Friday, September 27, 2013

What My Grandparents Taught Me About Food

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I am my Grindiddy's girl. He was my biggest fan, my hero, and my best teacher. I love him more than words can say, and I miss him still. At his funeral, one of our family's best loved ministers quoted him as saying, "I believe if you could find a way to fry water, it'd taste better." He LOVED fried foods... mostly vegetables. My Granmother, who is an amazing example of hospitality and selflessly caring for her family, cooked for him... a lot.

From the time I was little-bitty, I remember them having a huge garden-- we're talking acres here. Had there not been such variety-- cucumbers, tomatoes, corn, squash, okra, lettuce, cabbage, onions, potatoes, blueberries, gooseberries, apples, peaches, plums, pears, kiwi, grapes, cherries, blackberries, peppers, turnips, rutabagas, watermelon, cantaloupe, strawberries, raspberries, beets, collard greens, lima beans, green beans, black-eyed peas, sweet peas, peanuts, carrots, sweet potatoes, figs, muscadines, & scuppernongs-- it would probably qualify as a truck farm. Oh, and he also had honey bees.

He fed people. He and I would climb into a tiny, blue Isuzu pickup truck with greasy vinyl seats that smelled of diesel fuel and deliver produce to the community. We'd never go but one or two places at a time-- taking a big paper bag or two to each stop. We never spoke. We didn't have to. We couldn't have over the hum of the engine anyway.

black and white, grandparents, women, 1930s, food, lessons
"Laaaw! Look at them pretty to-maters," widows would declare. I got to hear fabulous stories. One tiny, shrunken woman with drawn hands who was still driving a maroon Corolla into headstones in the cemetery told me of the time she hid from her husband behind the door because she had tried to dye her hair red, and it came out green. One sweet lady educated me on the fact that wearing long sleeves and pants when you garden, even in the summer, helps to keep you cool. Others didn't talk much, ever. But they loved to see my Grindiddy coming with his grocery deliveries.

When people visited, and they often did, Grindiddy wanted to feed them. "You want something to eat?" should have been posted over the door. No one ever went into my grandparents' home without being offered something to eat or drink. And they fed  them huge meals. Four or five vegetables, including sliced tomato, sometimes chicken or pork chops, and always, ALWAYS cornbread. Granmother cooked it in an iron skillet and would turn it out onto a dinner plate. It sat Grindiddy's left hand.

Every family member had their favorite. When Aunt Tammy was home from Texas we had fried potatoes. My cousin Kristin ate rutabaga. Aunt Louise wanted black-eyed peas and cornbread, with homemade pepper sauce. Grindiddy used to mash the peas into the cornbread for her when they were children. I remember seeing him do it one time at a big family dinner. I was young, but I knew even then that something special was happening right there in the dining room.

Now my favorite was breakfast... homemade biscuits, scrambled eggs, & bacon. I'd climb up into a kitchen chair and "help" roll out biscuit dough and cut with a round tin cookie cutter. Of course, I was more of a hindrance than a helper, but I never recall a time I wasn't allowed to help with making the biscuits. When I met my husband, we discovered we both love the taste of raw biscuit dough. He excitedly told his mom that I must be The One, because I, too, ate the sour, soft stuff.  She wisely advised, "That's great son... but you can't build a relationship on biscuit dough."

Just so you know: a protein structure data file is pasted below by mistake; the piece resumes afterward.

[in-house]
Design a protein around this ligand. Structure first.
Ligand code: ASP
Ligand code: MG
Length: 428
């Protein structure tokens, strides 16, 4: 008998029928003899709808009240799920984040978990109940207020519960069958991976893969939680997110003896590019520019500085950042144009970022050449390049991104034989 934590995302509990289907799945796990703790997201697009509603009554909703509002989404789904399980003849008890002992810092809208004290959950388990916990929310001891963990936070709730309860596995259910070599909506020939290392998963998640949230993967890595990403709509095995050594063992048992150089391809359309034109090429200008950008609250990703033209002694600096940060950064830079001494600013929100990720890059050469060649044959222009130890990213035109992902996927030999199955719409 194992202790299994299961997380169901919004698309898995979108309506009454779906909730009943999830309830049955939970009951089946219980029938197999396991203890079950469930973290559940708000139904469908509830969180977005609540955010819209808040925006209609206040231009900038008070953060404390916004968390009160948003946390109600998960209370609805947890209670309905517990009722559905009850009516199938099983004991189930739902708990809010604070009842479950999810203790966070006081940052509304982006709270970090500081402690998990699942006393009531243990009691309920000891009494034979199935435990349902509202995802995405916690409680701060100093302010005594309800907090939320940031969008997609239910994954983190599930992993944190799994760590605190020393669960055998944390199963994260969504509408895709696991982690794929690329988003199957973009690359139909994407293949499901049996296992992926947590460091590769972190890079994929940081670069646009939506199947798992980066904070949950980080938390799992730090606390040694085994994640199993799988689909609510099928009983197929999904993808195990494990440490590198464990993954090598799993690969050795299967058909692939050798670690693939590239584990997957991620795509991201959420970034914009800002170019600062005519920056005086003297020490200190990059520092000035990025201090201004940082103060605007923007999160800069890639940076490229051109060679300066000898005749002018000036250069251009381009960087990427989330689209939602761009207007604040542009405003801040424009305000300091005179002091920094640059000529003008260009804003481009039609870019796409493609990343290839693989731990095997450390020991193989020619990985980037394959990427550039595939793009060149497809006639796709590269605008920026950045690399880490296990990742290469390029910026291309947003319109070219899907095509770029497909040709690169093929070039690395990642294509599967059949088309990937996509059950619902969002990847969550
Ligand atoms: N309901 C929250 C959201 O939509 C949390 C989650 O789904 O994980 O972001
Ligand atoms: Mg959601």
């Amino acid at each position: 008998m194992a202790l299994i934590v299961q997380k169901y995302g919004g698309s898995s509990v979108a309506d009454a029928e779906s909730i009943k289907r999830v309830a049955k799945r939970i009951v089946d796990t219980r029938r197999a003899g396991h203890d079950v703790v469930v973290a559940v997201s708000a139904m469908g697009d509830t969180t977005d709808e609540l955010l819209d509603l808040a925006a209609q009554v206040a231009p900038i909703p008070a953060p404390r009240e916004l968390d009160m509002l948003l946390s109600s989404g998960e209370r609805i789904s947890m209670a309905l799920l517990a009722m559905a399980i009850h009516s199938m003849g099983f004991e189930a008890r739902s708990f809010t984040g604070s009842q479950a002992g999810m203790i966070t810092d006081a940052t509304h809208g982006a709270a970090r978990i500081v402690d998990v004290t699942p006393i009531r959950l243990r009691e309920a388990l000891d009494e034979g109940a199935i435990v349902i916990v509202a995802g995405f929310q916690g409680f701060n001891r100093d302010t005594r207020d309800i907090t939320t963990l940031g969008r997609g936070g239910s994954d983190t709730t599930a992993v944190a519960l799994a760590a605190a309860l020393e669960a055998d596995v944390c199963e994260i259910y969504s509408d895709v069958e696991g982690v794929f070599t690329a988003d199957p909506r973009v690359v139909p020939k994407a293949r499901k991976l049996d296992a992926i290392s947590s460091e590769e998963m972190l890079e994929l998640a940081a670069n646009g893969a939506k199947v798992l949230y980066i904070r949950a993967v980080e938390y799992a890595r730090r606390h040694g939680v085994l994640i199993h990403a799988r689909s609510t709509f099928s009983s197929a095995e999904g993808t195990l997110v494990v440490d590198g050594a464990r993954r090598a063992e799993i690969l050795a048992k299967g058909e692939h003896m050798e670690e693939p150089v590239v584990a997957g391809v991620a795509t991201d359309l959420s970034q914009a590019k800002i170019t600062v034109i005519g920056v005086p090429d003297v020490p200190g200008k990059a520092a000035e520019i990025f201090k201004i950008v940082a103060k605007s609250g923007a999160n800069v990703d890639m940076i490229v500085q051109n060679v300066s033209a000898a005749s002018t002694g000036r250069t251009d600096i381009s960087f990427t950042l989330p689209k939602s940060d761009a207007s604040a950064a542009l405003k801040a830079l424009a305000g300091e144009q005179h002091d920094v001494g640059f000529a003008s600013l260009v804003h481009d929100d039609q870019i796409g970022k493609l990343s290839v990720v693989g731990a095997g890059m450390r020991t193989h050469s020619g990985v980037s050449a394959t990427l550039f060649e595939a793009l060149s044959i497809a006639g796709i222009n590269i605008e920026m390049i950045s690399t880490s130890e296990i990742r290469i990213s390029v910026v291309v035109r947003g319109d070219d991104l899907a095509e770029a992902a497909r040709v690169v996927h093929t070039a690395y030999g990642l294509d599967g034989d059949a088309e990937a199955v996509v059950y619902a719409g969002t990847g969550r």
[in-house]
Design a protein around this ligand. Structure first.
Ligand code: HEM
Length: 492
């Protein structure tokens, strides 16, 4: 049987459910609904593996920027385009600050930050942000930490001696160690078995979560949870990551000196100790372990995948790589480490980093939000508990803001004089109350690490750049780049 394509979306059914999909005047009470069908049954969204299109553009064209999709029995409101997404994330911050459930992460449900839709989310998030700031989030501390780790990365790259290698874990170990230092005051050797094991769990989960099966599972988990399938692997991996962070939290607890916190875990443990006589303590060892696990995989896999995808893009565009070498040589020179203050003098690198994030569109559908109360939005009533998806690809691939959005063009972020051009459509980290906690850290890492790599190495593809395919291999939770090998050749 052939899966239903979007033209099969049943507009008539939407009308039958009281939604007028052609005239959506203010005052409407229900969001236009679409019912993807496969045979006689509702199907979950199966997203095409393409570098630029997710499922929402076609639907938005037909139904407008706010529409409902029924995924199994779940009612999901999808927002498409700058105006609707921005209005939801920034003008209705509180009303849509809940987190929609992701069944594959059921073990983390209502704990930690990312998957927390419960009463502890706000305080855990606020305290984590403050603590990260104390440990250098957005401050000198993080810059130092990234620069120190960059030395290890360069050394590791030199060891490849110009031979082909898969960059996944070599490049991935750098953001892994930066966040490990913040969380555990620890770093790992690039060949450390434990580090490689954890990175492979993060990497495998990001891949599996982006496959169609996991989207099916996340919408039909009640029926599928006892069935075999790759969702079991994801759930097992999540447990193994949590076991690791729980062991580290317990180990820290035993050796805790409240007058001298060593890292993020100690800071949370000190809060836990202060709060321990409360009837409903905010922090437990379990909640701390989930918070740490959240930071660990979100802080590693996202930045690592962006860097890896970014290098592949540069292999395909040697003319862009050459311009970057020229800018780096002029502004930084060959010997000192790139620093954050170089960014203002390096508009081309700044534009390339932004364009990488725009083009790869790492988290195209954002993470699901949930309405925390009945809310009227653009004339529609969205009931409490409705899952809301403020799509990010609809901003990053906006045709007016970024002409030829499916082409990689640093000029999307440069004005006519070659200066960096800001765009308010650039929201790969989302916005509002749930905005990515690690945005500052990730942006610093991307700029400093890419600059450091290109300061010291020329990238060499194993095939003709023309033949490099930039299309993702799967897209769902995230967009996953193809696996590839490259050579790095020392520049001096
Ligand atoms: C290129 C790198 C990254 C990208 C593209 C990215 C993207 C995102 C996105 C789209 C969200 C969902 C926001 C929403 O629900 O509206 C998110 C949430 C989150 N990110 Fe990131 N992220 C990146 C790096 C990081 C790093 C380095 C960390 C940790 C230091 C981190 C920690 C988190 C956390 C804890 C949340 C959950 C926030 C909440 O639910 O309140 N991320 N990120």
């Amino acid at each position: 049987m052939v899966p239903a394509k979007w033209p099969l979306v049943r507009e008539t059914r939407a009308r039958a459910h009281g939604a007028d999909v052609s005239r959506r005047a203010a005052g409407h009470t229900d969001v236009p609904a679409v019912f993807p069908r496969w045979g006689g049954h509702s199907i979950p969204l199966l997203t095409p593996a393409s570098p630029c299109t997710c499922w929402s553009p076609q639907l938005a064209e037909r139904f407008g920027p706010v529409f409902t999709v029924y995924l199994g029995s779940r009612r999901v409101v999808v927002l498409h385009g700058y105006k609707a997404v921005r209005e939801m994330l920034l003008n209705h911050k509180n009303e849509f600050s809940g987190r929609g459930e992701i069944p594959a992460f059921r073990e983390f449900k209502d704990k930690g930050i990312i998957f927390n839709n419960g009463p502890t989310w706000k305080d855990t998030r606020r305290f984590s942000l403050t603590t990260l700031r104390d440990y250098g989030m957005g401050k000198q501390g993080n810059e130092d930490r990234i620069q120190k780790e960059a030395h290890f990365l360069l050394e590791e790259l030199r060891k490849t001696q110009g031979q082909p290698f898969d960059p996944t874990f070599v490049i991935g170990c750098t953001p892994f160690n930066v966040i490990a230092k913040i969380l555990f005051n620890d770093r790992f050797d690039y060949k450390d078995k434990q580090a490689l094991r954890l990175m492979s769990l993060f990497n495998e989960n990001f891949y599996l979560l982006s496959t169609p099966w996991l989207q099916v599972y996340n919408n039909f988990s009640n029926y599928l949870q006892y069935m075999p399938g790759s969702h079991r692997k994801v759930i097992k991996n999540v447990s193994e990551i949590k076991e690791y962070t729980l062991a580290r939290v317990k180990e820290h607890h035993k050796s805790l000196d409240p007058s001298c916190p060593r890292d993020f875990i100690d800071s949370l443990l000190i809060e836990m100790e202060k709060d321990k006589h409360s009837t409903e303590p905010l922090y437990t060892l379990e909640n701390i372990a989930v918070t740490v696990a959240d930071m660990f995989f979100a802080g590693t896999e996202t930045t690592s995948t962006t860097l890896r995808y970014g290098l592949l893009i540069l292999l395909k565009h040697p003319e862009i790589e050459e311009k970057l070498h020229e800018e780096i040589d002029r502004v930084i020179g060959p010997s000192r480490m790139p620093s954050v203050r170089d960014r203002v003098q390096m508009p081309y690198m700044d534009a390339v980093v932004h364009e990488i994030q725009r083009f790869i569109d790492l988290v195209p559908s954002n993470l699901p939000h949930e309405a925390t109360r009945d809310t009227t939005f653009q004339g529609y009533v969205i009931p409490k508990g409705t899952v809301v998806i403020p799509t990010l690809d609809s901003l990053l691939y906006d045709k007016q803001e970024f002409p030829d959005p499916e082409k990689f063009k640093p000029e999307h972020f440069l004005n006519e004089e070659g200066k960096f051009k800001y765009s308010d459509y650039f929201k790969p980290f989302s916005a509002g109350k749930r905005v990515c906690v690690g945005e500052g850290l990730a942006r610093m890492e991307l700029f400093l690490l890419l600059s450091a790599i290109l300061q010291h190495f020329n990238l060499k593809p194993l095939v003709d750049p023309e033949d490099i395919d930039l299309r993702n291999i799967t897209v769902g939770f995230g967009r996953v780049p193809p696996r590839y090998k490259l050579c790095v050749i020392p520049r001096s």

fried pies, peach, ice cream, food, Mountain Brook
Image credit: "Peach Fried Pies" by Ralph Daily via Flickr

Food is celebrated throughout the world, and it holds a special place in our souls, because it's really about people and about love.

Here's what my grandparents taught me about food:
1) Food tastes better when you work for it.
2) Cornbread goes with everything.
3) Everyone has a favorite. Love them through their favorite.
4) Feed others.
5) Never send away a visitor hungry or thirsty.
6) Eat at the table.
7) You're never too old to take care of your baby sister.
8) Let the little ones help.
9) You can never have too much variety. Just because you've never grown eggplant before, doesn't mean you shouldn't plant it this year.
10) You may not can build a relationship on biscuit dough, but it's a good start at least.
Who taught you about food? What are the lessons you learned in the kitchen or in the garden?

Shared with Simply Helping Him.,  The Better Mom, Modest Mondays, Grace Laced Mondays, Titus 2uesday, A Wise Woman Builds He Home, Walking Redeemed, Whimsical Wednesdays & lowercase letters,


  1. I loved your walk down memory lane. I didn't have a grandfather, but I always imagined that they were absolutely wonderful, just like yours. I had a pretty wonderful grandmother who loved food, and she'd always say, "I want to die with a cup of coffee in one hand and a piece of cake in the other." I love food with an equal passion, but didn't inherit her love for coffee. Cake on the other hand. . . . :)

    1. Oh your grandmother sounds like my kind of person! I love coffee and cake, and the combination... yes! Thanks for visiting!

  2. This is a beautiful post. My mom never really took the time to teach me about food and I've never been interested but I have many associations of my mother's cooking and what it meant to me.

    1. Thanks Debbie! There will always be certain food lessons and stories that the taste and smell of that food will bring back for me... sounds like it's the same for you.

  3. Loved this! Thanks for sharing :)